But still relevant.
In the UK in the eighties when there were mass lay-offs of miners as mines closed, often the only employer in rural areas, some unemployed miners were offered hotel jobs in Brighton, the other side of the country, and pushed off welfare when they refused. A danger of dissolving national boundaries and citizenship of a country is the same trick can be played – only this time you might find you are not entitled to unemployment benefit if you refuse to take a labouring job in Romania or Bulgaria. As you would now be a citizen of the EU, on what basis could you refuse?
What happened in Ireland suggests this is not a far-fetched possibility.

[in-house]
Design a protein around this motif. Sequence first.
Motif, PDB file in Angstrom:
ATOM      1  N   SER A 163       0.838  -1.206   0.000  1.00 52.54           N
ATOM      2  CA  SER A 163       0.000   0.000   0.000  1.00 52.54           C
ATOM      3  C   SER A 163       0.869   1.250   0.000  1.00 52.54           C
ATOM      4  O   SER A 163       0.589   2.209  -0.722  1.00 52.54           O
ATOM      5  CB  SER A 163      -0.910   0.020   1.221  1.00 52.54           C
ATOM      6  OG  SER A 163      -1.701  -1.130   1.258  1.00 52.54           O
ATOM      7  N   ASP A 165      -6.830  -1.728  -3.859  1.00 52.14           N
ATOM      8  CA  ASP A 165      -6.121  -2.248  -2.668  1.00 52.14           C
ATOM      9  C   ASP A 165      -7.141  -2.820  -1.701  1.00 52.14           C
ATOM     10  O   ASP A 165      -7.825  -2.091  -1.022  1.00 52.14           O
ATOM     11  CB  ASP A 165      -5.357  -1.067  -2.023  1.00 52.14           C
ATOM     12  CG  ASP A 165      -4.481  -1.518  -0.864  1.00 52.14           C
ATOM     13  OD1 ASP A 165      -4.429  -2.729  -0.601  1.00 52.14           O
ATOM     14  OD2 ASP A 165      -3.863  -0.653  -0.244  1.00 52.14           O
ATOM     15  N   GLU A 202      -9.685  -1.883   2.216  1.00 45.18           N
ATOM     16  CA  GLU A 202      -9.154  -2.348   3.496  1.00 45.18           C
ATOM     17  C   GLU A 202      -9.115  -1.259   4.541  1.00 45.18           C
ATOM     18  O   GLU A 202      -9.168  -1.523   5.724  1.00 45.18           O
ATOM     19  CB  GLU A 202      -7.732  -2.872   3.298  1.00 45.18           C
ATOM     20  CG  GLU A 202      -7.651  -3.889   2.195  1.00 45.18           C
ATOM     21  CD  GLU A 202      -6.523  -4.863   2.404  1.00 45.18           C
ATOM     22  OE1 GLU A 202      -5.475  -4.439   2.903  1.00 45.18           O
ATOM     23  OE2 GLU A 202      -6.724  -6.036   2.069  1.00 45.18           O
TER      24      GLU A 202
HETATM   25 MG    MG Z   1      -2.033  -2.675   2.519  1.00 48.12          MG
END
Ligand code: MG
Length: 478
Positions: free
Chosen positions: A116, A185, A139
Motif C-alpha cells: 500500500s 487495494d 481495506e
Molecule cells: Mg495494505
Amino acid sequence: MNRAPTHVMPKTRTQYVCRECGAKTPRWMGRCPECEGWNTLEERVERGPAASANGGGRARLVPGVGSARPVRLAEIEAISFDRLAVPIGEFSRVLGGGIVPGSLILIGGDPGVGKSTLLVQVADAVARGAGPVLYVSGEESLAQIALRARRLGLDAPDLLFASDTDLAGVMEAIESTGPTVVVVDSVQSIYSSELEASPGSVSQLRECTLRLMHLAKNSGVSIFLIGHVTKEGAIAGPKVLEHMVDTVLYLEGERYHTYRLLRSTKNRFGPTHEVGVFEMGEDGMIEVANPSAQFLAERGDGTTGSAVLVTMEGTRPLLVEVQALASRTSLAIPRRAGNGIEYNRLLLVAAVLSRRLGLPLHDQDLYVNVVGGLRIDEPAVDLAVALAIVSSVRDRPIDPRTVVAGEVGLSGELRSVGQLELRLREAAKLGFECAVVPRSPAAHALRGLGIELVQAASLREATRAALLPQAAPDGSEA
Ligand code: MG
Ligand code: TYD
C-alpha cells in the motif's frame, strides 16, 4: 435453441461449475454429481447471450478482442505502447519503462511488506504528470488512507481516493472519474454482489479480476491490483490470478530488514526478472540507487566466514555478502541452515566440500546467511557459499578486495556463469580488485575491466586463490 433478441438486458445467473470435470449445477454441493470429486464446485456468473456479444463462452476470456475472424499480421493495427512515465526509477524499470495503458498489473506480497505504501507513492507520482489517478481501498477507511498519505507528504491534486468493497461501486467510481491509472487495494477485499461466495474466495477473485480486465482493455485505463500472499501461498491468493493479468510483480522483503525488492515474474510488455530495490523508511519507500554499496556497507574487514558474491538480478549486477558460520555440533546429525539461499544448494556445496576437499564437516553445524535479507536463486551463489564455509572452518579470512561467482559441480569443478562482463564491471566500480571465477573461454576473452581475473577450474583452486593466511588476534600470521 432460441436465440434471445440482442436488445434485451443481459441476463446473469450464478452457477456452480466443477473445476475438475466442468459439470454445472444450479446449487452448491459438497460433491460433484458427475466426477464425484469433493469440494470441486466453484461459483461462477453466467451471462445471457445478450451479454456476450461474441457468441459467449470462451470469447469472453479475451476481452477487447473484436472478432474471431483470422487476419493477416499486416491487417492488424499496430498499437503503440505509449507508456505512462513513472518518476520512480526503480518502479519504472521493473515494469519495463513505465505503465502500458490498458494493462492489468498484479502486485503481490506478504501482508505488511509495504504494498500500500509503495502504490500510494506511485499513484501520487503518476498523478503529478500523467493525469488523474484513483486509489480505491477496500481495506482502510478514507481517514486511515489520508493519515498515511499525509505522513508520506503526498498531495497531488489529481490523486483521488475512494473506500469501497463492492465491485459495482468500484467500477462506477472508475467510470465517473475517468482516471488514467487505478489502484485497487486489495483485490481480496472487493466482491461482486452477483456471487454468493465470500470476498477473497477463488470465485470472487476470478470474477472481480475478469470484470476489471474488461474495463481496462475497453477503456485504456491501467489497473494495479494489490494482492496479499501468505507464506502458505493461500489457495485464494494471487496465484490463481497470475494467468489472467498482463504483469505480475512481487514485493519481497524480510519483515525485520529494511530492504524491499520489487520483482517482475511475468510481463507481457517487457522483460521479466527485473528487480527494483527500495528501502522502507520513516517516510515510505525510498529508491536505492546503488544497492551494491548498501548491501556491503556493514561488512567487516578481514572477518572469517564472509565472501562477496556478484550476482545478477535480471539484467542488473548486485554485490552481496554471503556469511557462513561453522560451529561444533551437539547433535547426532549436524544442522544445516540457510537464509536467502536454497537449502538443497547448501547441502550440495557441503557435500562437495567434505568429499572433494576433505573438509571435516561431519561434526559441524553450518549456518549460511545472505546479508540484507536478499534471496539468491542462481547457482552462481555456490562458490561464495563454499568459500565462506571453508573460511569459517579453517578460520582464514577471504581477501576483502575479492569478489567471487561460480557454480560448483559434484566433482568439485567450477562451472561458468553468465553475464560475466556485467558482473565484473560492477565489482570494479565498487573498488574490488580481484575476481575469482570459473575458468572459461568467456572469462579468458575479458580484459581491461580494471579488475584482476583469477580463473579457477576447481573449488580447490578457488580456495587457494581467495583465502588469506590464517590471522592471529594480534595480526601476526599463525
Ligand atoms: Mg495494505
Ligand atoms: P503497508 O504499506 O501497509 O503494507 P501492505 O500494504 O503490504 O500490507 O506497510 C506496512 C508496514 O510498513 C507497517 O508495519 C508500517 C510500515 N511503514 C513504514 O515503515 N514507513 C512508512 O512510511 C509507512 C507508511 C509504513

Ireland is asking its citizens to leave the country if they can’t find a job in a desperate bid to slash welfare costs.
The Irish government has sent letters to approximately 6,000 unemployed people suggesting they should take jobs in other European countries in an effort to reduce unemployment benefits, the Financial Times has reported.
Some of the jobs were poorly paid but came with a “Mediterranean” climate.
An unemployed electrician was encouraged to move to Coventry, while another jobseeker was offered work as a bus driver in Malta.
Dublin defended the move insisting that the positions are voluntary and no one is being forced to leave the country.
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